Mad About Science: Rocket propulsion

By Brenden Bobby
Reader Columnist

Rocket science is the gold standard for gauging the difficulty of a certain task. Trying to create a decorative frosting on a cake for the first time?

“It’s not rocket science!” 

Thanks, Aunt Linda. Your criticism has been noted.

“Wait… did I leave the oven on?”

Rocket science is a complicated subject, but this is primarily because there are a variety of factors contributing to the problem of launching a rocket from point A to point B. As with any problem, if you break it into manageable parts, it becomes simple.

Trying to launch a rocket to the moon? You’re going to need a rocket-load of mathematics, weather reports and an army of trained professionals monitoring about a thousand different things at any given moment to be successful.

Trying to launch a rocket straight up into the air? I’ve got you, fam.

The basis for any successful rocket is thrust. A rocket capitalizes on Newton’s third law of motion: Every action has an equal and opposite reaction. If you are to fill a tube full of combustible fuel and direct that fuel in a controlled burn, which releases heat energy, at one end of the rocket, this release of energy should push the object in the opposite direction. Voila! You have a rudimentary rocket.

You don’t even require a source of heat energy to launch a rocket. You can create a rocket from a simple chemical reaction. By partially filling a soda bottle with soda or carbonated water, some vinegar and adding a small amount of baking soda, you can create a chemical reaction that will send your rocket game to the next level. 

The baking soda and vinegar work to neutralize one another and create carbon dioxide in the process. Carbon-rich soda intensifies this reaction. Carbon dioxide takes up a lot of space and this expansion creates immense pressure when crammed into an enclosed space like a soda bottle. The soda bottle needs to be sealed by something that can give way under this pressure, or the reaction will be unimpressive.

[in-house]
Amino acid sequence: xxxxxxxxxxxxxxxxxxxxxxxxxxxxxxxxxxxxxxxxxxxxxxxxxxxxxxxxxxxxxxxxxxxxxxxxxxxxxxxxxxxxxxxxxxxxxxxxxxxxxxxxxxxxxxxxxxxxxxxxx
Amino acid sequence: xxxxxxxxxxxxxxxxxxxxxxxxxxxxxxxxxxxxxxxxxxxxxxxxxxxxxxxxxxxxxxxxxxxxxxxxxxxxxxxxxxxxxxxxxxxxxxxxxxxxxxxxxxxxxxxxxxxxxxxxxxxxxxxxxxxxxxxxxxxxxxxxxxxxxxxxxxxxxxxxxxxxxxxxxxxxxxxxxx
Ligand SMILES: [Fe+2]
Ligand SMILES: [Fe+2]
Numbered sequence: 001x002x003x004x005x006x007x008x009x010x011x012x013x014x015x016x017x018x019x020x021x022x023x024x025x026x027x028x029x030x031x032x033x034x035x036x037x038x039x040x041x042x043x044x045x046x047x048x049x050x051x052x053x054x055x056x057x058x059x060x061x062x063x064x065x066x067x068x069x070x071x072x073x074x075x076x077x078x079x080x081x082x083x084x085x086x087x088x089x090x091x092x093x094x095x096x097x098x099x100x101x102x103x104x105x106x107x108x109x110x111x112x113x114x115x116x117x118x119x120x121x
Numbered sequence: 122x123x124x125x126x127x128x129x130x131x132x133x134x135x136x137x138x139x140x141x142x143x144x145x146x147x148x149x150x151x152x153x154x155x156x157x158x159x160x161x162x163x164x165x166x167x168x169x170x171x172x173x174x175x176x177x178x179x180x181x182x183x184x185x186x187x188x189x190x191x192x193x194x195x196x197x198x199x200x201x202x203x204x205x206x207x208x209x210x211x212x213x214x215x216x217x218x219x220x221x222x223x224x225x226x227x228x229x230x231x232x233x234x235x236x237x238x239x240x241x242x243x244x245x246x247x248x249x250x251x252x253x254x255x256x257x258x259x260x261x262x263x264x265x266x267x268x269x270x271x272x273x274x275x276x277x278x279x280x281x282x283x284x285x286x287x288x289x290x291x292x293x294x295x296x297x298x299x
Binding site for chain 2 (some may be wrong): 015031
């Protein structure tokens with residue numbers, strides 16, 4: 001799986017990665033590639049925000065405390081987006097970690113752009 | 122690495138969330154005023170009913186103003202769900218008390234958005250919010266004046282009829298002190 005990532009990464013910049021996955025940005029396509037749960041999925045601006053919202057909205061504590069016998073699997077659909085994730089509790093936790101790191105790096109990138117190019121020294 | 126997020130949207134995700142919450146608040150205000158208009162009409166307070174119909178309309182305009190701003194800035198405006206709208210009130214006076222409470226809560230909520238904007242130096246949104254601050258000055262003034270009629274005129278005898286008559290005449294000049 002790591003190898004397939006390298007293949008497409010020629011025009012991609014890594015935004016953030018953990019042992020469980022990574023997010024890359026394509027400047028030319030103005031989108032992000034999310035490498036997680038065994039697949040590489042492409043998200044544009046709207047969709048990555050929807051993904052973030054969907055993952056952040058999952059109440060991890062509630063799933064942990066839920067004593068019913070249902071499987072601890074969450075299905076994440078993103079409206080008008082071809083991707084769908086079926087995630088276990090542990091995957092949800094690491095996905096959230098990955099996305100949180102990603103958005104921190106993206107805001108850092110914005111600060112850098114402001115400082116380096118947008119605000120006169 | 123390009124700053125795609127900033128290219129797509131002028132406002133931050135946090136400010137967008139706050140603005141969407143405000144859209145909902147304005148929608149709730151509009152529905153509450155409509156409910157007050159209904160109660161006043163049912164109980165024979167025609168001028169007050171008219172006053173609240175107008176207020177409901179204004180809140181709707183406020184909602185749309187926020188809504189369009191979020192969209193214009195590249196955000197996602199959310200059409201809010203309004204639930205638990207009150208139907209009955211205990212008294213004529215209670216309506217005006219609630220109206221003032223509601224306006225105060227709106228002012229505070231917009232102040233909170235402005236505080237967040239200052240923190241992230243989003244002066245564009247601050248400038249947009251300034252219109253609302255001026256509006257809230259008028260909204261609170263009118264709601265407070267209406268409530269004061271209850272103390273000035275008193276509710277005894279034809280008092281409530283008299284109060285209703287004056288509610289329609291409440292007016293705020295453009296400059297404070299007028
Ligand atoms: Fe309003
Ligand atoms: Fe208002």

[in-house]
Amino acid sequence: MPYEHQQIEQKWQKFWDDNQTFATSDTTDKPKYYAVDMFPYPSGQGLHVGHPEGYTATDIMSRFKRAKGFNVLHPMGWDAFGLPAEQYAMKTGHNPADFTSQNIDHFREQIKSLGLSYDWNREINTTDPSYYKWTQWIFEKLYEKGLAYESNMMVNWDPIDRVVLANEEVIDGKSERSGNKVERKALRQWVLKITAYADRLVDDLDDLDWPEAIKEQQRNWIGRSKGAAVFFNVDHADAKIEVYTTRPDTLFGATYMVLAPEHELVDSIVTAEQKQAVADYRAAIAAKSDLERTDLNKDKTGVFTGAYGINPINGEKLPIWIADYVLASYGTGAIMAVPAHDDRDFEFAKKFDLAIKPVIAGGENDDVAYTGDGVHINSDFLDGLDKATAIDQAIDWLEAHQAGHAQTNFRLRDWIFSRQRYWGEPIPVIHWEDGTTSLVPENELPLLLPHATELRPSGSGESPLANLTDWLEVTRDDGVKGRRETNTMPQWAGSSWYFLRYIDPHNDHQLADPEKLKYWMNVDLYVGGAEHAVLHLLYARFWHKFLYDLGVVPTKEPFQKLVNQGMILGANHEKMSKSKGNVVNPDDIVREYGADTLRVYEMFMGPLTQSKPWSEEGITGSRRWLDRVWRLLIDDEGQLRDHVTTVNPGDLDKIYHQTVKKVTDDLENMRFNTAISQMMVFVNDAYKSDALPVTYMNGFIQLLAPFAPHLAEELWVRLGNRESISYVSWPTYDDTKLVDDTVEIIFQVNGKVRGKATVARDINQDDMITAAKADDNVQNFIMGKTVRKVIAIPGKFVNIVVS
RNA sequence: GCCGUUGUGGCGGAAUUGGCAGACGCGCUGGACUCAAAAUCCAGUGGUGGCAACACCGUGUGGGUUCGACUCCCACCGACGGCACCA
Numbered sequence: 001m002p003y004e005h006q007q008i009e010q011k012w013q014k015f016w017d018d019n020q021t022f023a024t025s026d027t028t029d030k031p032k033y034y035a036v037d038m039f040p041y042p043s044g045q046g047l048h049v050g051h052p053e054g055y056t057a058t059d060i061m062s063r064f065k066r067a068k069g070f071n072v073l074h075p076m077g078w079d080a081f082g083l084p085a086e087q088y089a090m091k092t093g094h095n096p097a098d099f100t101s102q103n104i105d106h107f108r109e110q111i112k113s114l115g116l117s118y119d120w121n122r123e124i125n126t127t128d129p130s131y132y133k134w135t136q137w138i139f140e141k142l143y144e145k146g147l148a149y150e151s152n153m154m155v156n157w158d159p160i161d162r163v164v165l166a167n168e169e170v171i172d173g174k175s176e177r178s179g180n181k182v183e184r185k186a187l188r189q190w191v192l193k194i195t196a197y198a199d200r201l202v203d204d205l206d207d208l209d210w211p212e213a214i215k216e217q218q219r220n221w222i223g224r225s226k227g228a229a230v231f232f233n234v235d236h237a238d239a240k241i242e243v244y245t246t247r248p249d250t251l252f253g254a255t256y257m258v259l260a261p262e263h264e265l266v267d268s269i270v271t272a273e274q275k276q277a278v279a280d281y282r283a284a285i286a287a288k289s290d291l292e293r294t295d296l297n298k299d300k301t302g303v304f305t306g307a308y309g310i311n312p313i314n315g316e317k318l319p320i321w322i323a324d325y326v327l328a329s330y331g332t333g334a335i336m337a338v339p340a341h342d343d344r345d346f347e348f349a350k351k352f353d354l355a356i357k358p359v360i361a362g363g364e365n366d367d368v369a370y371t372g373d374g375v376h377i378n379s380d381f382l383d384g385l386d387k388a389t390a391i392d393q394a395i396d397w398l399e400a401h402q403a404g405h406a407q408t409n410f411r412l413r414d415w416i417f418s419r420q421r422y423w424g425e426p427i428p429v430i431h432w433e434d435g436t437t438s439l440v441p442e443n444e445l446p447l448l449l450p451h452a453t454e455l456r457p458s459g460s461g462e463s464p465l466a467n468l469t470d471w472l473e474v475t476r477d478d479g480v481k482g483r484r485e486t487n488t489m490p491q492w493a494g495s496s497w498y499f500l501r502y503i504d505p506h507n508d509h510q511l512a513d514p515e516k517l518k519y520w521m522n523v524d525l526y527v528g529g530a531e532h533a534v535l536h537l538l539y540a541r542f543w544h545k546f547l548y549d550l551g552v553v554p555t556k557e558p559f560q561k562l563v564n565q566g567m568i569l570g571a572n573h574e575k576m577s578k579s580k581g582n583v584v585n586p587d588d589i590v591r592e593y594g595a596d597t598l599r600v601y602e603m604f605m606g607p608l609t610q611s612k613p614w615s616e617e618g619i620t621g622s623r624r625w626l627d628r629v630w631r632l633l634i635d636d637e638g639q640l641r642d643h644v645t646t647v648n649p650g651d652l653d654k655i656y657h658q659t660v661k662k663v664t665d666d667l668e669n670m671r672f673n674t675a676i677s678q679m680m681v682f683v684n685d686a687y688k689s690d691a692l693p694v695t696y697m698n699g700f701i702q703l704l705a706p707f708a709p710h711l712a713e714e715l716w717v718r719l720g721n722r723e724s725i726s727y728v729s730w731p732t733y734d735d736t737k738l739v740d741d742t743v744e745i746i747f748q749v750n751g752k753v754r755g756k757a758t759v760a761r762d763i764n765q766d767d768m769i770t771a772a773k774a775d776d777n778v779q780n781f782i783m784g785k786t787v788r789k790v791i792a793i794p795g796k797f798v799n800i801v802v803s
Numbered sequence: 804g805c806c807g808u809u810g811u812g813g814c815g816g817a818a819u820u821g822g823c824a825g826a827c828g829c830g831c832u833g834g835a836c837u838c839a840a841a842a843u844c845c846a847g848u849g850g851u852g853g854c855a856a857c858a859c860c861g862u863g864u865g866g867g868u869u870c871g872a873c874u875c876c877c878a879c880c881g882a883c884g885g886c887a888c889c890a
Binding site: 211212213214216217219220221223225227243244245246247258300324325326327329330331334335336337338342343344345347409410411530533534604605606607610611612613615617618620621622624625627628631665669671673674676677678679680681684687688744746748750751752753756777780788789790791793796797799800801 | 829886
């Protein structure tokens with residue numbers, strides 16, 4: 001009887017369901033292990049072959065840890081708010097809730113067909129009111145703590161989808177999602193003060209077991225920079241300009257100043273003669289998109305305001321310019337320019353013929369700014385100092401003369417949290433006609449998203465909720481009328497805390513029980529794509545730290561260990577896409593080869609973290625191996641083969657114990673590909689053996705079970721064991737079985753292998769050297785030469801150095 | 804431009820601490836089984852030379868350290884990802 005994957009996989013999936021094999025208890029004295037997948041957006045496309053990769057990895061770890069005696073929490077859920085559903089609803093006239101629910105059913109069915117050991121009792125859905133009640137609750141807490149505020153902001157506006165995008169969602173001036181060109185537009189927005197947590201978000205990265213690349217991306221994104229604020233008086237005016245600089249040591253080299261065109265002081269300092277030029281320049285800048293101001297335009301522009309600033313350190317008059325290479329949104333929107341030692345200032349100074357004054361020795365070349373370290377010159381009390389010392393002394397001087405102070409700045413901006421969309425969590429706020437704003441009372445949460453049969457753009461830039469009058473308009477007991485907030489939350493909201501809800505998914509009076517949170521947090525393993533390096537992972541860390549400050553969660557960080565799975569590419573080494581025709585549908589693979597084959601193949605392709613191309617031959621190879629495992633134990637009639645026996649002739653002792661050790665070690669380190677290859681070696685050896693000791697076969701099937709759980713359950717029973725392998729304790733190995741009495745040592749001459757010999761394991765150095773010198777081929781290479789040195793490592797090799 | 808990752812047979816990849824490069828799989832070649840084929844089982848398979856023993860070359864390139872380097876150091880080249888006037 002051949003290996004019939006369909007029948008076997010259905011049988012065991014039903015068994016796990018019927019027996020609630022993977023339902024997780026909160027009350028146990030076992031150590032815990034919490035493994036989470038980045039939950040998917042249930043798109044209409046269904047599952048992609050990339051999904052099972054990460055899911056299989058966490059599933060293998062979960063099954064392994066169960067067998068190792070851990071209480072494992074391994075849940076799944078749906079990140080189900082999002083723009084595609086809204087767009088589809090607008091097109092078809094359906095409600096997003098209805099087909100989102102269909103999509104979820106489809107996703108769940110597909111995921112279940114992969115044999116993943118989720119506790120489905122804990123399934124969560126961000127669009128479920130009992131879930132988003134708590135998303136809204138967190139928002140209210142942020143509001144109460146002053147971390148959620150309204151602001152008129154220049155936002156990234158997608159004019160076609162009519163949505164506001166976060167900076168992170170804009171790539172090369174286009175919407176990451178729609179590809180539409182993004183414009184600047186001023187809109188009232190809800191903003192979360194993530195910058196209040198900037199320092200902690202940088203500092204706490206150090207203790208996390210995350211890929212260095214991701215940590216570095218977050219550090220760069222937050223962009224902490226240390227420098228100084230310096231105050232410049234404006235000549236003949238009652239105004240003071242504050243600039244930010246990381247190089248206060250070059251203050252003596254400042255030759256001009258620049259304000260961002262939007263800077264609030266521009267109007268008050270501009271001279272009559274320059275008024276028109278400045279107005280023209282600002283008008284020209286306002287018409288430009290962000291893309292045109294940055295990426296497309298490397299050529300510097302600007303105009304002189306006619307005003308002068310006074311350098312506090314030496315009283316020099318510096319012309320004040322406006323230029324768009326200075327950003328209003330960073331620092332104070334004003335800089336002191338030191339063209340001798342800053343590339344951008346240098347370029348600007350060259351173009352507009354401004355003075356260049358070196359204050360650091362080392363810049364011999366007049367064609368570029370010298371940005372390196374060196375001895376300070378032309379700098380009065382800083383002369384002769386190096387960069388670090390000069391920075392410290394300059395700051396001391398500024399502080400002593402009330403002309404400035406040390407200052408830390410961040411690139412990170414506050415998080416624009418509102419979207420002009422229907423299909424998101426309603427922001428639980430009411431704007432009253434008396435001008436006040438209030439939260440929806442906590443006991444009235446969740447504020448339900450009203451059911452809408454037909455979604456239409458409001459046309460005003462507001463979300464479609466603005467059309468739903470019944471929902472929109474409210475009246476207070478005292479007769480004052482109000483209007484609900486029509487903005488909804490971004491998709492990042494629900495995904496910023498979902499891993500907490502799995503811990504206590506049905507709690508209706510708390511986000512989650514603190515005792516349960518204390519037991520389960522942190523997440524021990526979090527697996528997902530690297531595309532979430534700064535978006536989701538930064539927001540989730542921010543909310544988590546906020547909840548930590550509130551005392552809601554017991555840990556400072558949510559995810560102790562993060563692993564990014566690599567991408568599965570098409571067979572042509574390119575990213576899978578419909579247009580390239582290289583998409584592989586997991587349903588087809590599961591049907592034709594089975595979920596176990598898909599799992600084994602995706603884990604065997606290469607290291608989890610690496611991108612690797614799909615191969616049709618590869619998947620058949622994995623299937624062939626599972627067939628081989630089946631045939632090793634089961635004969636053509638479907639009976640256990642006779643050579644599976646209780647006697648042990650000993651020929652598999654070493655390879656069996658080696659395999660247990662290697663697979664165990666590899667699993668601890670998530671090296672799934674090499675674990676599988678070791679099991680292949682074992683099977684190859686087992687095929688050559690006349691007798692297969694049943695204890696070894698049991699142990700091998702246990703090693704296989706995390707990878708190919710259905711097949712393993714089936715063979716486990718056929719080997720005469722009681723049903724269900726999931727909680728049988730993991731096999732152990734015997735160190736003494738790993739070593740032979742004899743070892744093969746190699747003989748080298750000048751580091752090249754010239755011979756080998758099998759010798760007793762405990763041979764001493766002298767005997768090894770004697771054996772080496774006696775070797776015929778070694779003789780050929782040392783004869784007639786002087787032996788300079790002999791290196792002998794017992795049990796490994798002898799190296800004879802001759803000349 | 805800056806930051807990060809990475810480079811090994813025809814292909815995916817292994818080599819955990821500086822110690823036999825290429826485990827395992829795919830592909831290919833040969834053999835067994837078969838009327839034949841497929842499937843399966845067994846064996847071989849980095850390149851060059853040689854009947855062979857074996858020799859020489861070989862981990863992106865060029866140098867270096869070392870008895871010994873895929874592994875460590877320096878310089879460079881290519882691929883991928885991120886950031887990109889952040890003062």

Corks make for good seals for this experiment, as the pressure from the expanding carbon dioxide will push the cork out of the bottle before it destroys the bottle. Suddenly, the neck of your bottle has become a rocket bell, directing the energy of the gas downward and pushing the bottle upward. At this point, your bottle will probably spiral all over the place and make a giant mess, but at least it will look awesome. 

The next step of making an efficient rocket will be factoring in aerodynamics — how efficiently your rocket interacts with air. An efficiently aerodynamic object is generally conical, that is, sharp in the front with a rounded dome that allows air to flow over it. Surface area is the enemy of aerodynamics, and it’s why your clunky bottle spiralled all over the place on your first launch. As the bottle was being driven through the air by the chemical reaction, it was colliding with air, which put enough pressure onto the bottle to redirect it. This is called drag.

To minimize that effect, you will want to put a cone on the nose of your bottle. Additionally, you will want to add a set of stabilizing fins to your rocket, either at the center or at the base. These fins will help slice through the air and keep the air pressure from pushing your rocket around so easily.

The third problem you will likely run into as an amaeteur rocketeer is finding the right amount of fuel to put into your rocket. It seems logical that adding more fuel means your rocket should travel farther, just like your car. Unfortunately, this is not the case. The more fuel you add to your rocket, the heavier it becomes, which means more energy is required to propel it. 

The neck of your bottle — the rocket bell — is a throttle limiter for the amount of energy that can be released at any given time. This means that there is a maximum amount of energy that can be released to propel the rocket, limited by the diameter of the opening. You can widen this opening and increase the amount of energy released by the reaction, allowing more fuel to be expended more quickly, which will allow your rocket to move faster and potentially go farther, but for a shorter amount of time. Additionally, a larger amount of energy being released makes the rocket more difficult to direct and control.

What about if you’re trying to move another object with your rocket? Maybe you want to transport a Hot Wheels rover to the neighbor’s yard via rocket. This may require more than one rocket. You can double the force of your chemical reaction by adding a second rocket strapped to the first, creating boosters with your rover sitting on top. The more boosters you have, the stronger your chemical reaction — and the greater the weight of your rocket.

Now that you’ve launched your first rocket, is rocket science that intimidating? If you can launch a rocket, imagine what else you can accomplish today.

Stay curious, 7B.

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